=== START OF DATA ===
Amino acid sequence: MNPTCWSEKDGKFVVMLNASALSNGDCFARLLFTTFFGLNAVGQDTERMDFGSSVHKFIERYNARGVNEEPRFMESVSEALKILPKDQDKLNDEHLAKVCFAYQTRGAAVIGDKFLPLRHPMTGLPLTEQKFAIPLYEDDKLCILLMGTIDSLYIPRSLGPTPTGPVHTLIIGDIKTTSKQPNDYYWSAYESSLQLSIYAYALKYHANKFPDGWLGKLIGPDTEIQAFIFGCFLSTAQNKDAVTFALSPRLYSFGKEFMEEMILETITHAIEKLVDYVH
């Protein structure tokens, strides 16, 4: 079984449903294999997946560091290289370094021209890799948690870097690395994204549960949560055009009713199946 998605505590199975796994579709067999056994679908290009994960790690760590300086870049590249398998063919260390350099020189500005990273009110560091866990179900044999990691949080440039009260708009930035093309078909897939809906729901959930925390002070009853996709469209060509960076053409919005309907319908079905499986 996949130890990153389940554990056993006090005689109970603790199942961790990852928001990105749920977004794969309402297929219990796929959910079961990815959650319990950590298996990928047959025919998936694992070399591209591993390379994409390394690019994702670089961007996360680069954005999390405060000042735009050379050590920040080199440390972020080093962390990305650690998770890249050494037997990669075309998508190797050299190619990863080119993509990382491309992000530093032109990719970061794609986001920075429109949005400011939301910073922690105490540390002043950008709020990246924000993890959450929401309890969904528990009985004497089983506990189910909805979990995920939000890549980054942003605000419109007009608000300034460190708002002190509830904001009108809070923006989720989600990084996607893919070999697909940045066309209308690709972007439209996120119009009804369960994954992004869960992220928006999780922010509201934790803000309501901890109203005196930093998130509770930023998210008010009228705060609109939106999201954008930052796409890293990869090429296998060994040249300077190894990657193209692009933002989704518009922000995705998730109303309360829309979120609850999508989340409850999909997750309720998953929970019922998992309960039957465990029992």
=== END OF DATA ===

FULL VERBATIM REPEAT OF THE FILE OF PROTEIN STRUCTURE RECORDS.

Amino acid sequence: MNPTCWSEKDGKFVVMLNASALSNGDCFARLLFTTFFGLNAVGQDTERMDFGSSVHKFIERYNARGVNEEPRFMESVSEALKILPKDQDKLNDEHLAKVCFAYQTRGAAVIGDKFLPLRHPMTGLPLTEQKFAIPLYEDDKLCILLMGTIDSLYIPRSLGPTPTGPVHTLIIGDIKTTSKQPNDYYWSAYESSLQLSIYAYALKYHANKFPDGWLGKLIGPDTEIQAFIFGCFLSTAQNKDAVTFALSPRLYSFGKEFMEEMILETITHAIEKLVDYVH
């Protein structure tokens, strides 16, 4: 079984449903294999997946560091290289370094021209890799948690870097690395994204549960949560055009009713199946 998605505590199975796994579709067999056994679908290009994960790690760590300086870049590249398998063919260390350099020189500005990273009110560091866990179900044999990691949080440039009260708009930035093309078909897939809906729901959930925390002070009853996709469209060509960076053409919005309907319908079905499986 996949130890990153389940554990056993006090005689109970603790199942961790990852928001990105749920977004794969309402297929219990796929959910079961990815959650319990950590298996990928047959025919998936694992070399591209591993390379994409390394690019994702670089961007996360680069954005999390405060000042735009050379050590920040080199440390972020080093962390990305650690998770890249050494037997990669075309998508190797050299190619990863080119993509990382491309992000530093032109990719970061794609986001920075429109949005400011939301910073922690105490540390002043950008709020990246924000993890959450929401309890969904528990009985004497089983506990189910909805979990995920939000890549980054942003605000419109007009608000300034460190708002002190509830904001009108809070923006989720989600990084996607893919070999697909940045066309209308690709972007439209996120119009009804369960994954992004869960992220928006999780922010509201934790803000309501901890109203005196930093998130509770930023998210008010009228705060609109939106999201954008930052796409890293990869090429296998060994040249300077190894990657193209692009933002989704518009922000995705998730109303309360829309979120609850999508989340409850999909997750309720998953929970019922998992309960039957465990029992």